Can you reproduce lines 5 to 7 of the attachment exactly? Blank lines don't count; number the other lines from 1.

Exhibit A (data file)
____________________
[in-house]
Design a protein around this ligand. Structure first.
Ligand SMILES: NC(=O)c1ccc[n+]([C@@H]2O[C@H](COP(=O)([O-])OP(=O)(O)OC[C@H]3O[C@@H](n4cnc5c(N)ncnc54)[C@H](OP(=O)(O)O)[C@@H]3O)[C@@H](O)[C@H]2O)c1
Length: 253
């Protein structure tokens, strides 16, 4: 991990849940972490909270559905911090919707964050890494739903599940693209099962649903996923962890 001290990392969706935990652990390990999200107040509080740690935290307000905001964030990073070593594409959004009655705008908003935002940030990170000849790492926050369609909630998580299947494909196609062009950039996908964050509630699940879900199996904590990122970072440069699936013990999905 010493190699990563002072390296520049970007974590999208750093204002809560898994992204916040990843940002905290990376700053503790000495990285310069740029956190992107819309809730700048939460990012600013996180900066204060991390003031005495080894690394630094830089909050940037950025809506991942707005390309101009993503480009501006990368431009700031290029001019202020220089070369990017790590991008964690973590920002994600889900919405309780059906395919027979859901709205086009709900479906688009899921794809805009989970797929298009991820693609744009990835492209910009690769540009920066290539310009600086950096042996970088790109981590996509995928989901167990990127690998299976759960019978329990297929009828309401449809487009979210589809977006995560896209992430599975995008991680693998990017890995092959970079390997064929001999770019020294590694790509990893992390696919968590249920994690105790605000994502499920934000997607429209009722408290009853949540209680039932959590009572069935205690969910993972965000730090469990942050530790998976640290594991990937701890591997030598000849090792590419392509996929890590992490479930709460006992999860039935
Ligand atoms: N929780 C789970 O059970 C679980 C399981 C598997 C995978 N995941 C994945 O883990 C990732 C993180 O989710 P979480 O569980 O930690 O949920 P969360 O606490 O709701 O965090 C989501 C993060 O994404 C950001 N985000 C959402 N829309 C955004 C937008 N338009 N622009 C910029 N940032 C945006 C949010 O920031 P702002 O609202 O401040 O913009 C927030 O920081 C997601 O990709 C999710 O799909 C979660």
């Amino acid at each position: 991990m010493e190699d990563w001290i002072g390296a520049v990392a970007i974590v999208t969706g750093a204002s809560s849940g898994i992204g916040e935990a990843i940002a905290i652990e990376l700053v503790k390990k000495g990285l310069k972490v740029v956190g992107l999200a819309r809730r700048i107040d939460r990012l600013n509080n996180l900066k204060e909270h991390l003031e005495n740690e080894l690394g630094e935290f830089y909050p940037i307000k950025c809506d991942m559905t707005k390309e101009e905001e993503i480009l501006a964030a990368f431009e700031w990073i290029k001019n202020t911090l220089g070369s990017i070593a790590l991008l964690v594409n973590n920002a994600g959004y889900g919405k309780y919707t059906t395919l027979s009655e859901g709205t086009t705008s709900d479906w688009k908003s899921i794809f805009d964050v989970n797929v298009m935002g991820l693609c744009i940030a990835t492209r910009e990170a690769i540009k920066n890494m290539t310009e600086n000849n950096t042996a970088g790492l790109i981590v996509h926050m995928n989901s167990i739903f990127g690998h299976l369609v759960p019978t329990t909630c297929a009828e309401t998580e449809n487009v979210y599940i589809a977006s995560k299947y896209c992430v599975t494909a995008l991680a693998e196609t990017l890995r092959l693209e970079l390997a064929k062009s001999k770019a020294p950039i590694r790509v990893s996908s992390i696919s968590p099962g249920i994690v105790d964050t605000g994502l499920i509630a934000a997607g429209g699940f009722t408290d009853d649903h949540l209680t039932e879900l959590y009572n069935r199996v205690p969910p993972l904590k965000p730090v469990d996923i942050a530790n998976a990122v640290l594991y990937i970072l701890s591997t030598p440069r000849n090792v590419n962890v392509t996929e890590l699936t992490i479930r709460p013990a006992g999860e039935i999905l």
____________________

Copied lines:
């Protein structure tokens, strides 16, 4: 991990849940972490909270559905911090919707964050890494739903599940693209099962649903996923962890 001290990392969706935990652990390990999200107040509080740690935290307000905001964030990073070593594409959004009655705008908003935002940030990170000849790492926050369609909630998580299947494909196609062009950039996908964050509630699940879900199996904590990122970072440069699936013990999905 010493190699990563002072390296520049970007974590999208750093204002809560898994992204916040990843940002905290990376700053503790000495990285310069740029956190992107819309809730700048939460990012600013996180900066204060991390003031005495080894690394630094830089909050940037950025809506991942707005390309101009993503480009501006990368431009700031290029001019202020220089070369990017790590991008964690973590920002994600889900919405309780059906395919027979859901709205086009709900479906688009899921794809805009989970797929298009991820693609744009990835492209910009690769540009920066290539310009600086950096042996970088790109981590996509995928989901167990990127690998299976759960019978329990297929009828309401449809487009979210589809977006995560896209992430599975995008991680693998990017890995092959970079390997064929001999770019020294590694790509990893992390696919968590249920994690105790605000994502499920934000997607429209009722408290009853949540209680039932959590009572069935205690969910993972965000730090469990942050530790998976640290594991990937701890591997030598000849090792590419392509996929890590992490479930709460006992999860039935
Ligand atoms: N929780 C789970 O059970 C679980 C399981 C598997 C995978 N995941 C994945 O883990 C990732 C993180 O989710 P979480 O569980 O930690 O949920 P969360 O606490 O709701 O965090 C989501 C993060 O994404 C950001 N985000 C959402 N829309 C955004 C937008 N338009 N622009 C910029 N940032 C945006 C949010 O920031 P702002 O609202 O401040 O913009 C927030 O920081 C997601 O990709 C999710 O799909 C979660």
């Amino acid at each position: 991990m010493e190699d990563w001290i002072g390296a520049v990392a970007i974590v999208t969706g750093a204002s809560s849940g898994i992204g916040e935990a990843i940002a905290i652990e990376l700053v503790k390990k000495g990285l310069k972490v740029v956190g992107l999200a819309r809730r700048i107040d939460r990012l600013n509080n996180l900066k204060e909270h991390l003031e005495n740690e080894l690394g630094e935290f830089y909050p940037i307000k950025c809506d991942m559905t707005k390309e101009e905001e993503i480009l501006a964030a990368f431009e700031w990073i290029k001019n202020t911090l220089g070369s990017i070593a790590l991008l964690v594409n973590n920002a994600g959004y889900g919405k309780y919707t059906t395919l027979s009655e859901g709205t086009t705008s709900d479906w688009k908003s899921i794809f805009d964050v989970n797929v298009m935002g991820l693609c744009i940030a990835t492209r910009e990170a690769i540009k920066n890494m290539t310009e600086n000849n950096t042996a970088g790492l790109i981590v996509h926050m995928n989901s167990i739903f990127g690998h299976l369609v759960p019978t329990t909630c297929a009828e309401t998580e449809n487009v979210y599940i589809a977006s995560k299947y896209c992430v599975t494909a995008l991680a693998e196609t990017l890995r092959l693209e970079l390997a064929k062009s001999k770019a020294p950039i590694r790509v990893s996908s992390i696919s968590p099962g249920i994690v105790d964050t605000g994502l499920i509630a934000a997607g429209g699940f009722t408290d009853d649903h949540l209680t039932e879900l959590y009572n069935r199996v205690p969910p993972l904590k965000p730090v469990d996923i942050a530790n998976a990122v640290l594991y990937i970072l701890s591997t030598p440069r000849n090792v590419n962890v392509t996929e890590l699936t992490i479930r709460p013990a006992g999860e039935i999905l």